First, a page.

What the USDA’s new plant hardiness map means for your garden

At last. Finally, there’s an updated official government resource out there that gardeners all across the land can blame for any failed planting efforts.

OK, maybe not for all failed plantings, but at least there’s one more arrow in the gardener’s quiver to help us all be a bit more successful in our efforts.

After many years of analyzing gigantic reams of meteorological data, consulting the weather rock on the front lawn of the USDA building in Beltsville, Maryland and dusting off the official government-issued Ouija board, our friends at the United States Department of Agriculture have issued a long-awaited update to the cold hardiness zone map.

If you’re not familiar with the map, it is a graphic representation of the United States broken into 26 zones based on average annual minimum temperature. For decades, this map has been used by gardeners to determine what plants might have a chance and which selections don’t have a prayer in any particular patch of US dirt. It’s become an industry standard that makes gardening feel a bit less like you’re staring down the barrel of Dirty Harry’s 44 magnum ― “Do you feel lucky, Punk?”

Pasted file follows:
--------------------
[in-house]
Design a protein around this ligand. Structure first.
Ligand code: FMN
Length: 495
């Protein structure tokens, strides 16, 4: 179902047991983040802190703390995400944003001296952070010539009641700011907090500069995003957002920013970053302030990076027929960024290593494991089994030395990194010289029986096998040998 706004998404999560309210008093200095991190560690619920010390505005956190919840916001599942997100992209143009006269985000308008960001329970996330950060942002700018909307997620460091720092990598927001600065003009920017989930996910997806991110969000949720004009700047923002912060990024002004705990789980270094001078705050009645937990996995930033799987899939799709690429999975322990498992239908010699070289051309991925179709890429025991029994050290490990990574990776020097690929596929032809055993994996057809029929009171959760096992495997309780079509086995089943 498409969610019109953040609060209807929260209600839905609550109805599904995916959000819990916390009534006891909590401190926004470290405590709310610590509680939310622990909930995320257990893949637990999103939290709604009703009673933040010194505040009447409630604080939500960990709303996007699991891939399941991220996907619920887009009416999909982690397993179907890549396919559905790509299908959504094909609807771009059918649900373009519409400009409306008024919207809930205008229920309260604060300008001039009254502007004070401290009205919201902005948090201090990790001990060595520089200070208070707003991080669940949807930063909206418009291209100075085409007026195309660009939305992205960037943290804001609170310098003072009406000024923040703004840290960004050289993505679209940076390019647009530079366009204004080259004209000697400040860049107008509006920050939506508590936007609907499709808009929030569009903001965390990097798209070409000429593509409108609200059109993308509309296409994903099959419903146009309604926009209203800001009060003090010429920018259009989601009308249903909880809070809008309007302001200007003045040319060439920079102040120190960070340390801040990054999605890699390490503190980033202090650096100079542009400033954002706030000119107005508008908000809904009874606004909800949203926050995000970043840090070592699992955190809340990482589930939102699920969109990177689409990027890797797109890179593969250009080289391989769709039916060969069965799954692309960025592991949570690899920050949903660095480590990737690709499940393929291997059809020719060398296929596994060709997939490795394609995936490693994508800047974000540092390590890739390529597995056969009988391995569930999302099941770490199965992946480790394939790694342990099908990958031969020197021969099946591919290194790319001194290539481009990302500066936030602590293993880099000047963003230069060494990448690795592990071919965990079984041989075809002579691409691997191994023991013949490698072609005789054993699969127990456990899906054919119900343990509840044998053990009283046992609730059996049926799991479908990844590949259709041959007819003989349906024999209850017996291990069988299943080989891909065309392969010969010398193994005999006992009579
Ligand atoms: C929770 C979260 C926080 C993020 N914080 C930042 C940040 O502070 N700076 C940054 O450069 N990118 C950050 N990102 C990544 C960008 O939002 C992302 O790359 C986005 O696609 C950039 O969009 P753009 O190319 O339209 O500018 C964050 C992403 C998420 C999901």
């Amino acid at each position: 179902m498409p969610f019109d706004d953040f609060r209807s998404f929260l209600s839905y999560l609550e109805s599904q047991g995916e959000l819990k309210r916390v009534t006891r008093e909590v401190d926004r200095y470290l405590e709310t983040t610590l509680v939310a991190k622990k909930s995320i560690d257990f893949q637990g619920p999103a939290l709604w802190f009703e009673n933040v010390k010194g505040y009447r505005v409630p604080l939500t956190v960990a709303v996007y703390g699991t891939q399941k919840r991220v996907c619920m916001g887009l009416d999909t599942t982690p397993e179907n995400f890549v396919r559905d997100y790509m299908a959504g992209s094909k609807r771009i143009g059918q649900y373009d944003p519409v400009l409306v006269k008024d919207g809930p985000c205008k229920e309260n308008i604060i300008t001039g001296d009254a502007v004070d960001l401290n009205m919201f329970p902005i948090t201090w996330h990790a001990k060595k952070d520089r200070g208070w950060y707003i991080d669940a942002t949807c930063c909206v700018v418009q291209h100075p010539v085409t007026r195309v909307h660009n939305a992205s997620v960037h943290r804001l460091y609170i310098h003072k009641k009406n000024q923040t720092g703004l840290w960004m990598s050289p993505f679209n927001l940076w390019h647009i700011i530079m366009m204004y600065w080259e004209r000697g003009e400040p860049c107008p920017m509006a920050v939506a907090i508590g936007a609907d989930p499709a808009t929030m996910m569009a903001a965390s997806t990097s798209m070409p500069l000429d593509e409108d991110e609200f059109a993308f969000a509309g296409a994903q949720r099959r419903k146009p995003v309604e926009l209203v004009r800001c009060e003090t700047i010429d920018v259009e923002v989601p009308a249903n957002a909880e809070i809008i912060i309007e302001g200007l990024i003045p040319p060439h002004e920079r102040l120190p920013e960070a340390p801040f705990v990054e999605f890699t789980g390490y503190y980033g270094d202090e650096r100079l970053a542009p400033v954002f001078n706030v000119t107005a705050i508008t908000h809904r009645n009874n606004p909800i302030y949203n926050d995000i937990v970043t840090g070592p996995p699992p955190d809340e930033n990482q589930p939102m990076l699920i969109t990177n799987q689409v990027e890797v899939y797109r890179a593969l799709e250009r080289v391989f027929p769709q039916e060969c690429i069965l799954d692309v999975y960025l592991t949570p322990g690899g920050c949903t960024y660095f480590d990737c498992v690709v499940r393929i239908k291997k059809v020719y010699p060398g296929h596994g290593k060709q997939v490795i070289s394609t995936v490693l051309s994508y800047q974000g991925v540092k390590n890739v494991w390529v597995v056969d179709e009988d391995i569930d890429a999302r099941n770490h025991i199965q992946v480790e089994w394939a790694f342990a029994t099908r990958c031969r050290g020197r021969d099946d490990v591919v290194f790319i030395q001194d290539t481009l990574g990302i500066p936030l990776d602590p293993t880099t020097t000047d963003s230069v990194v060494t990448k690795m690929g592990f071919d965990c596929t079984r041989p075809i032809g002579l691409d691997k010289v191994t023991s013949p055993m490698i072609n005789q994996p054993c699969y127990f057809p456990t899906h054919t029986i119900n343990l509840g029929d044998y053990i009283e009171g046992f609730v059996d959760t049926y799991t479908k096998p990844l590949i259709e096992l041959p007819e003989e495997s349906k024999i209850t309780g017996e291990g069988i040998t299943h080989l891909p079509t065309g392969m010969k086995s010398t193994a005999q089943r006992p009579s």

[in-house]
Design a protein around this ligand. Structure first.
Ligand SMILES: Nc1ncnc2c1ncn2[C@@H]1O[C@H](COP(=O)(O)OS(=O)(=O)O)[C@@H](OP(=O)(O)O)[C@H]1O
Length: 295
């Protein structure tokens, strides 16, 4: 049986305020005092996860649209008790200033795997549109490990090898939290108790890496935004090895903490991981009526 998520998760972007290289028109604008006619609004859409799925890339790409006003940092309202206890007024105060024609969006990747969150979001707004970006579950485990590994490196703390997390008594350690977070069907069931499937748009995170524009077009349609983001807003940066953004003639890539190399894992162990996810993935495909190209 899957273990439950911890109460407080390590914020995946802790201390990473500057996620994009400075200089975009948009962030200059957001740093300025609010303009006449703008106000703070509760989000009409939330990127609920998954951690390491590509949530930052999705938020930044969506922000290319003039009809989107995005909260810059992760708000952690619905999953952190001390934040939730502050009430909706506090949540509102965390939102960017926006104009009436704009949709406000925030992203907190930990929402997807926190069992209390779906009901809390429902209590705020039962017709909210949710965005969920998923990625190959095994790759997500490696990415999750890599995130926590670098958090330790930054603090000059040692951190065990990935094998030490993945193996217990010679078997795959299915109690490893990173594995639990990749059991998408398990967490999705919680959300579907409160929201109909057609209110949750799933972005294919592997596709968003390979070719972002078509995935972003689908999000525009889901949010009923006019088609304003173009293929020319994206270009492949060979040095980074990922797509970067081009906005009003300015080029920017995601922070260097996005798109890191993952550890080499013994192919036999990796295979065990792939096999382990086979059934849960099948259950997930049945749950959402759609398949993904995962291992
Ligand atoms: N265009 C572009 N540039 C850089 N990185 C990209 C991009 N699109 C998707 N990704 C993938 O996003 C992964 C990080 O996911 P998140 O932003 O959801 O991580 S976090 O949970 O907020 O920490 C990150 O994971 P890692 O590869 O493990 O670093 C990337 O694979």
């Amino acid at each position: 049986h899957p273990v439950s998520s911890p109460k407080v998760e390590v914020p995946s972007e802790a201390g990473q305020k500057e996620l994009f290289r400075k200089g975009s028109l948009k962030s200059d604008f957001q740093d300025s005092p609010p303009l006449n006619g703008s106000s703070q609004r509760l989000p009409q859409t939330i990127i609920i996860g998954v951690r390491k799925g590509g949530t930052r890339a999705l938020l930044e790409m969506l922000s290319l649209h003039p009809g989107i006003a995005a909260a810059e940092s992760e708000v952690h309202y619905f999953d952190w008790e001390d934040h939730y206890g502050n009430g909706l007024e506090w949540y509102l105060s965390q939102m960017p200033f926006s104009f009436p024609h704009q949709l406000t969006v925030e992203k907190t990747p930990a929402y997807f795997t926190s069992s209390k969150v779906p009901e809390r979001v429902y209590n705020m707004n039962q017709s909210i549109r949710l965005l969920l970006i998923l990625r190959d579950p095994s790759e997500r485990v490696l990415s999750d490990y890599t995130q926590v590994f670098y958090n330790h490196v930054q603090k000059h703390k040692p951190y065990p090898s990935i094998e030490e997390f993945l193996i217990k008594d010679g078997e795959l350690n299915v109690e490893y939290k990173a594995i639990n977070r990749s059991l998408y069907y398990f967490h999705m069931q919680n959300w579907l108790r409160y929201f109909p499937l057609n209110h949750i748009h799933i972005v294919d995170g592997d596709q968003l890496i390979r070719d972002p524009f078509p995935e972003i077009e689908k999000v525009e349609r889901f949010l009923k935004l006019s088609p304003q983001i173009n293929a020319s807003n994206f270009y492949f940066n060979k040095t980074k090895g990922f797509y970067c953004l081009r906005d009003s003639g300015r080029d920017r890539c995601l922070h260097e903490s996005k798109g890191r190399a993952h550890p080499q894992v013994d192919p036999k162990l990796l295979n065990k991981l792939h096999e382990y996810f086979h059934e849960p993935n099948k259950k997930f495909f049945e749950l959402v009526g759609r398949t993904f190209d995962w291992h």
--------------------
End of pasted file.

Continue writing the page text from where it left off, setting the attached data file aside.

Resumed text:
What is the USDA cold hardiness zone map?

Snow covers flowers near the Dubuque Arboretum and Botanical Garden Saturday, April 27, 2019 in Dubuque, Iowa.

A little history. Since the dawn of time, gardeners have asked a simple question, “will that grow here?” And for just as long, the most common answer was probably, “I dunno. Give it a try . . .” Then, back in the 1920s, an enterprising group at Harvard University’s Arnold Arboretum decided to create a map that would at least help out on the winter survival part of that age-old question. They mapped out zones across the US to give gardeners some idea of how cold it generally gets during a typical winter. And over time gardeners

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